Midnight Express (film)

For the 1924 silent film, see The Midnight Express (film).
Midnight Express

Original theatrical release poster
Directed by Alan Parker
Produced by Alan Marshall
David Puttnam
Screenplay by Oliver Stone
Based on Midnight Express
by Billy Hayes
William Hoffer
Starring Brad Davis
Randy Quaid
John Hurt
Paul L. Smith
Irene Miracle
Music by Giorgio Moroder
Cinematography Michael Seresin
Edited by Gerry Hambling
Distributed by Columbia Pictures
Release dates
  • October 6, 1978 (1978-10-06)
Running time
121 minutes
Country United States
United Kingdom
Language English
Budget $2.3 million
Box office $35 million[1]

Midnight Express is a 1978 American-British-Turkish prison drama film directed by Alan Parker, produced by David Puttnam and starring Brad Davis, Irene Miracle, Bo Hopkins, Paolo Bonacelli, Paul L. Smith, Randy Quaid, Norbert Weisser, Peter Jeffrey and John Hurt. It is based on Billy Hayes' 1977 non-fiction book Midnight Express and was adapted into the screenplay by Oliver Stone.

Hayes was a young American student sent to a Turkish prison for trying to smuggle hashish out of Turkey. The film deviates from the book's accounts of the story – especially in its portrayal of Turks – and some have criticized this version, including Billy Hayes himself. Later, both Stone and Hayes expressed their regret about how Turkish people were portrayed in the film.[2][3] The film's title is prison slang for an inmate's escape attempt.


On October 6, 1970, while on holiday in Istanbul, Turkey, American college student Billy Hayes straps 2 kg of hashish blocks to his chest. While attempting to board a plane back to the United States with his girlfriend, Billy is arrested by Turkish police on high alert due to fear of terrorist attacks. He is strip-searched, photographed and questioned. After a while, a shadowy American (who is never named, but is nicknamed "Tex" by Billy due to his thick Texan accent) arrives, takes Billy to a police station and translates for Billy for one of the detectives. On questioning Billy tells them that he bought the hashish from a taxicab driver, and offers to help the police track him down in exchange for his release. Billy goes with the police to a nearby market and points out the cab driver, but when they go to arrest the cabbie, it becomes apparent that the police have no intention of keeping their end of the deal with Billy. He sees an opportunity and makes a run for it, only to get cornered and recaptured by the mysterious American.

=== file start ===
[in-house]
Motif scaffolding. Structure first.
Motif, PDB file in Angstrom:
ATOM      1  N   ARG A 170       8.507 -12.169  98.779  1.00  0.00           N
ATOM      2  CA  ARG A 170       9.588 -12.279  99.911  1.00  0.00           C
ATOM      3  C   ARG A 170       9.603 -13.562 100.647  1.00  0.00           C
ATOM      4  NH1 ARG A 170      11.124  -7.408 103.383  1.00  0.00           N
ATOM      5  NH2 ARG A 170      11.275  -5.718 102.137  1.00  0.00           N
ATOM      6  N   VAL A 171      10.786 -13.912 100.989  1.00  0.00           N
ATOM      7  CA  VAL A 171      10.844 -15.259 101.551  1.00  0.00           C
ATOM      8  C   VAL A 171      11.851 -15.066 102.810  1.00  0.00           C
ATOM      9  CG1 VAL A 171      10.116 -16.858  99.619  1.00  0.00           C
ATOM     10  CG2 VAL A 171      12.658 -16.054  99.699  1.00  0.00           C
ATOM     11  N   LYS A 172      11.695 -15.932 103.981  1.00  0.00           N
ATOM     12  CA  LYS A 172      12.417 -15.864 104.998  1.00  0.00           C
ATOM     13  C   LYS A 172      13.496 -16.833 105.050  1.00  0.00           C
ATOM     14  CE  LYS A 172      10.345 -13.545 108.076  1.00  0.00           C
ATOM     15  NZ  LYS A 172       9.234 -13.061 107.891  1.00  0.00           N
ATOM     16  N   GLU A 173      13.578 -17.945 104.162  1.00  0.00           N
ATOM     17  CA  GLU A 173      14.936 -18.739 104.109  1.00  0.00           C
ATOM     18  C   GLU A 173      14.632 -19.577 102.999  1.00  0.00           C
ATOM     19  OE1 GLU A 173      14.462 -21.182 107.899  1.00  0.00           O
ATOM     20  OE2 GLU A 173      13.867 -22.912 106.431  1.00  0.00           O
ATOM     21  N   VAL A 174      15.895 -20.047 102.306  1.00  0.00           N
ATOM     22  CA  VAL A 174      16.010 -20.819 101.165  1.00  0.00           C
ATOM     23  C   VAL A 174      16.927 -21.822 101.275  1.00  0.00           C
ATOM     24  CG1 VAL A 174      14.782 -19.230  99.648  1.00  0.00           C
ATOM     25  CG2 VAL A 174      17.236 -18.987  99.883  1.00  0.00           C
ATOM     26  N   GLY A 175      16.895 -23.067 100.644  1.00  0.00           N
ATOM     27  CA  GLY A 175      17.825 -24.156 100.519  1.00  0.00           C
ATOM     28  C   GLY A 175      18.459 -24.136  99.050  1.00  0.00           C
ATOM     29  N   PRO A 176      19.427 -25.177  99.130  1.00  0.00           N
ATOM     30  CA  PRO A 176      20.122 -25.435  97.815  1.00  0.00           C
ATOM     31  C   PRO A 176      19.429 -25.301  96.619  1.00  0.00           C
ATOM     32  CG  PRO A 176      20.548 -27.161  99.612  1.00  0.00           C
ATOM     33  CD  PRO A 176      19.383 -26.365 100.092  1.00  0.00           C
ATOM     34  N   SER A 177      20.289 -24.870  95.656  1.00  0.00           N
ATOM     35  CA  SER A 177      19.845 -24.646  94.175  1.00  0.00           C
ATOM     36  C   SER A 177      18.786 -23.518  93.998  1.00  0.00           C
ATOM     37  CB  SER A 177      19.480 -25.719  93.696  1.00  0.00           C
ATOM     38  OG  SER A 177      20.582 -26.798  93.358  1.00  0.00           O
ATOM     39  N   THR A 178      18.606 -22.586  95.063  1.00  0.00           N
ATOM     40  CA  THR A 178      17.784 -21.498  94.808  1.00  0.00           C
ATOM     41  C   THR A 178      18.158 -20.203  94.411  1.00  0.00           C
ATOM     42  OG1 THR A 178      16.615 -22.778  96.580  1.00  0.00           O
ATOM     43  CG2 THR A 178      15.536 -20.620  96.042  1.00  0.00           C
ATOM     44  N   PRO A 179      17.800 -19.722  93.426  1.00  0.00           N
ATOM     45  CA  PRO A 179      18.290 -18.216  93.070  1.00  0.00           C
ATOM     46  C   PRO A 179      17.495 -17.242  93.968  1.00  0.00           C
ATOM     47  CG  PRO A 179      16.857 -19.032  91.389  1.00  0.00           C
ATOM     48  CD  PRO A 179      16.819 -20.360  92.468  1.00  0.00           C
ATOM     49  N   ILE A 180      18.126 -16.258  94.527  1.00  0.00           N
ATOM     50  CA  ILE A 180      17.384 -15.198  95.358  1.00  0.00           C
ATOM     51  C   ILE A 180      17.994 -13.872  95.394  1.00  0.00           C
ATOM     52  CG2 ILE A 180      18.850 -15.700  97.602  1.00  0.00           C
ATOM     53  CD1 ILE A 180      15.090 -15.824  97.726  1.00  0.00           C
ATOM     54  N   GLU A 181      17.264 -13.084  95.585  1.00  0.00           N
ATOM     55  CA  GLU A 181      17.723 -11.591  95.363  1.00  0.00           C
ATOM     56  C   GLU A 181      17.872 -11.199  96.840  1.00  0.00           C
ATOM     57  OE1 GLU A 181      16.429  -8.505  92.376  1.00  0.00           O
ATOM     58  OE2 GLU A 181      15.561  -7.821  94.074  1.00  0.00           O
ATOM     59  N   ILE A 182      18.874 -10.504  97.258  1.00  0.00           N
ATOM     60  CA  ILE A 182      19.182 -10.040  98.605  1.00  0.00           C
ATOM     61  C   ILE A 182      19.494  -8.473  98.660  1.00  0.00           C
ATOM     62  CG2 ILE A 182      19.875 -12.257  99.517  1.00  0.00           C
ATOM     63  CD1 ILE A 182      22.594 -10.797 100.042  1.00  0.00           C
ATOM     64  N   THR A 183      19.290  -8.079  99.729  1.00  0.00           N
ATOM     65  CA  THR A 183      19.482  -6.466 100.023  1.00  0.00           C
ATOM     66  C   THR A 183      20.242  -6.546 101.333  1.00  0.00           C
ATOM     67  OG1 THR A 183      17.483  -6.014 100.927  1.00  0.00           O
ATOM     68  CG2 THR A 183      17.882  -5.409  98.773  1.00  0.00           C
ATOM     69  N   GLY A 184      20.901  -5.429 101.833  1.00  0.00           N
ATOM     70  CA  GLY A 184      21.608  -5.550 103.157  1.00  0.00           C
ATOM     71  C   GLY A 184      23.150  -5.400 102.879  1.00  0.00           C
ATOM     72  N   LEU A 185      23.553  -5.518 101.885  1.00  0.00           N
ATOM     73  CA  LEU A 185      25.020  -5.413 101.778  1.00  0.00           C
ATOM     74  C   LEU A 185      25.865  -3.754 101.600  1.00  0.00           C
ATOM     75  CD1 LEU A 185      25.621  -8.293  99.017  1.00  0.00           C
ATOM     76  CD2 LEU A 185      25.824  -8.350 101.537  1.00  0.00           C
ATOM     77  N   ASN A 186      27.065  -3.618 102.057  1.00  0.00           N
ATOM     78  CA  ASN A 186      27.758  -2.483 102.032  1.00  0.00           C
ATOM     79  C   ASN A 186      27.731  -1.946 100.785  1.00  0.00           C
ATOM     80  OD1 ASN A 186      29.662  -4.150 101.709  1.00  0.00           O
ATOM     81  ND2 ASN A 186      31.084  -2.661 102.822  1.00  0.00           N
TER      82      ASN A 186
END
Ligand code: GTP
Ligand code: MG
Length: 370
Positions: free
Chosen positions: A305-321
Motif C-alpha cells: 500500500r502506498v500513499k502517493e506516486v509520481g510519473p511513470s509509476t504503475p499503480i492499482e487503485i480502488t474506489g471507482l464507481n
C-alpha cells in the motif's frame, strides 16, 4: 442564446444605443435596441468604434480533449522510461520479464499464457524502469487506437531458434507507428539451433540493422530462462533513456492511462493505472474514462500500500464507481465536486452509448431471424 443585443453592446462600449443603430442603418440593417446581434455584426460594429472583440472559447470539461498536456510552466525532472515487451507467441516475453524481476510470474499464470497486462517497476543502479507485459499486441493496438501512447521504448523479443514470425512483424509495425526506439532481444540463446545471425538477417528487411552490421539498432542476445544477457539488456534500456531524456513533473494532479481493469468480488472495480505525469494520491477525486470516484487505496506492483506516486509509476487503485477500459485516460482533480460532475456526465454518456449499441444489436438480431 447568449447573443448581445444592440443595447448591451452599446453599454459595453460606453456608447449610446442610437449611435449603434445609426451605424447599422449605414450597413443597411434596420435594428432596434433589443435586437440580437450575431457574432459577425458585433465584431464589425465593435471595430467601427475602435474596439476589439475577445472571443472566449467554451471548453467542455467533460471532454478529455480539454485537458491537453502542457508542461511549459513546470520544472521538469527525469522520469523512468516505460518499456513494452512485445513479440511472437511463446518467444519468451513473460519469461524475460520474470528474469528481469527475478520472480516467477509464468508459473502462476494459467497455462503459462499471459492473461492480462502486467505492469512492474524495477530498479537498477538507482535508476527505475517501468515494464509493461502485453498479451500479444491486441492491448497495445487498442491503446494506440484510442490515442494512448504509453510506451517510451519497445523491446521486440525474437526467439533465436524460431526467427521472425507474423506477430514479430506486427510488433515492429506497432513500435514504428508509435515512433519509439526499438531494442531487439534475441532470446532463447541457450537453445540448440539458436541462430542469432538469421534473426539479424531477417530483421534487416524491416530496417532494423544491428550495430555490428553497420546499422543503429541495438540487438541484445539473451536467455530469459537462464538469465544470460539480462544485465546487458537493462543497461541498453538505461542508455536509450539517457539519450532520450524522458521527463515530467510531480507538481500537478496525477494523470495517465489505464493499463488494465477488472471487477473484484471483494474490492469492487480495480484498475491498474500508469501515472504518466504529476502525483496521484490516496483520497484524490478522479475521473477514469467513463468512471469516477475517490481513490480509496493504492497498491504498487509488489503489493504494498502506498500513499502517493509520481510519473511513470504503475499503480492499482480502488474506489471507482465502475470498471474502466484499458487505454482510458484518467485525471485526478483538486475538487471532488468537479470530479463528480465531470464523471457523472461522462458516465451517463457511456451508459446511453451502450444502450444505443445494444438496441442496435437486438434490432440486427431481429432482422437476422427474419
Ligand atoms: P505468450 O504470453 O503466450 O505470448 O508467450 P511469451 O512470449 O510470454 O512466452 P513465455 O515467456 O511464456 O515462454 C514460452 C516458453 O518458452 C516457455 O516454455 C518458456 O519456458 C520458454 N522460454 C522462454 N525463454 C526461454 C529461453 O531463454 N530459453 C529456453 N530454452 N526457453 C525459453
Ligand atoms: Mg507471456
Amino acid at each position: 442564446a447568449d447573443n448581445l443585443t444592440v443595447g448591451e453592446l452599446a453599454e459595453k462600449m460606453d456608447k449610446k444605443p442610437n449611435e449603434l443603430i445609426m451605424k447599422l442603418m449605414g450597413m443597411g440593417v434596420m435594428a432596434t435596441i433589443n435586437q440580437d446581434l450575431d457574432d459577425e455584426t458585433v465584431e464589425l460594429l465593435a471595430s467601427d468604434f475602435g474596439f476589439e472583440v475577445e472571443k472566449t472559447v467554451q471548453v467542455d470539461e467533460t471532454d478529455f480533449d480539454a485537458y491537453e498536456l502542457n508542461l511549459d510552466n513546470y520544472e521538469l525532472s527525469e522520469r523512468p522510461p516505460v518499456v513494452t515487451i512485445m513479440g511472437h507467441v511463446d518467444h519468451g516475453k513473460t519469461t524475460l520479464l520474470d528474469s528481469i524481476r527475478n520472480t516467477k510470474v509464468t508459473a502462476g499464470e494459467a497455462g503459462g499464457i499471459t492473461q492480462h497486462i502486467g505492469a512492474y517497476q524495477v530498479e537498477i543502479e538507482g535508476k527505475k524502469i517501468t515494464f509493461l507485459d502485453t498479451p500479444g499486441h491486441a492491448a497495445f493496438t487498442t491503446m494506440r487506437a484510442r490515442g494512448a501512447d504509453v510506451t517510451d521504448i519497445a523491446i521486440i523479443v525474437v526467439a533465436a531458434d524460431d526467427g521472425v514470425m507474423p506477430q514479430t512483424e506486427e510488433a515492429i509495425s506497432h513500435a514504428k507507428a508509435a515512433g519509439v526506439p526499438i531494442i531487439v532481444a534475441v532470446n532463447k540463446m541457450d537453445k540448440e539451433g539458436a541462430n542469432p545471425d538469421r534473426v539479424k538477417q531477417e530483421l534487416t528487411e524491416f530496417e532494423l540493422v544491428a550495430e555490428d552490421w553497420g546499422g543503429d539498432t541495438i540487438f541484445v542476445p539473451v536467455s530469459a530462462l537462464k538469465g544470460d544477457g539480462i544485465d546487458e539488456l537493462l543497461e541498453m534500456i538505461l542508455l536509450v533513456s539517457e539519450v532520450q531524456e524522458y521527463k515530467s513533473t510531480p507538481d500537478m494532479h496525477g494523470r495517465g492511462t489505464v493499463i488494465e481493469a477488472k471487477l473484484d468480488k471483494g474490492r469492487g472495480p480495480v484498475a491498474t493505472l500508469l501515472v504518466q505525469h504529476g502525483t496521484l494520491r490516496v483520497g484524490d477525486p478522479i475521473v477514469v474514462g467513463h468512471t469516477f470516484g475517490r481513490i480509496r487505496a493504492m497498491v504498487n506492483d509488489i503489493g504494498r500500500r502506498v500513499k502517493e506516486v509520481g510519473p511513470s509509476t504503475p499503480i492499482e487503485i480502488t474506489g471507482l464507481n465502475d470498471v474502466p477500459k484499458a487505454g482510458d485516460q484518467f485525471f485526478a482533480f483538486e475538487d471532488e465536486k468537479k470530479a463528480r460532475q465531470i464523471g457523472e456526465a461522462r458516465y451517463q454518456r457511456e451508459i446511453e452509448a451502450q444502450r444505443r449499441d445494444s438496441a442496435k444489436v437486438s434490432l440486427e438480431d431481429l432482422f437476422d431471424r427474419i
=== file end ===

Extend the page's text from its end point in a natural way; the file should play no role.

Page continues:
During his first night in holding at a local jail, a freezing-cold Billy sneaks out of his cell and steals a blanket. Later that night he is rousted from his cell and brutally beaten by chief guard Hamidou for the blanket theft.

He wakes a few days later in Sağmalcılar Prison, surrounded by fellow Western prisoners Jimmy (an American — in for stealing two candlesticks from a mosque), Max (an English heroin addict) and Erich (a Swede) who help him to his feet. Jimmy tells Billy that the prison is a dangerous place for foreigners like themselves, and that no one can be trusted – not even the young children.

Billy meets his father, a U.S representative and a Turkish lawyer to discuss what will happen to him. Billy is sent to trial for his case where the angry prosecutor makes a case against him for drug smuggling. The lead judge is sympathetic to Billy and gives him only a four-year sentence for drug possession. Billy and his father are horrified at the outcome but their Turkish lawyer insists that the term is a very good result.

Jimmy tries to encourage Billy to become part of an escape attempt through the prison's tunnels. Believing he is to be released soon Billy rebuffs Jimmy who goes on to attempt an escape himself being brutally beaten for this. In 1974, Billy's sentence is overturned by the Turkish High Court in Ankara after a prosecution appeal (the prosecutor originally wished to have him found guilty of smuggling and not the lesser charge of possession), and he is ordered to serve a 30-year-to-life term for his crime. Billy goes along with a prison-break Jimmy has masterminded. Billy, Jimmy, and Max try to escape through the catacombs below the prison, but their plans are revealed to the prison authorities by fellow-prisoner Rifki. His stay becomes harsh and brutal: terrifying scenes of physical and mental torture follow one another, culminating in Billy having a breakdown. He beats up and nearly kills Rifki. Following this breakdown, he is sent to the prison's ward for the insane where he wanders in a daze among the other disturbed and catatonic prisoners. He meets fellow prisoner Ahmet whilst participating in the regular inmate activity of walking in a circle around a pillar. Ahmet claims to be a philosopher from Oxford University and engages him in conversation to which Billy is unresponsive.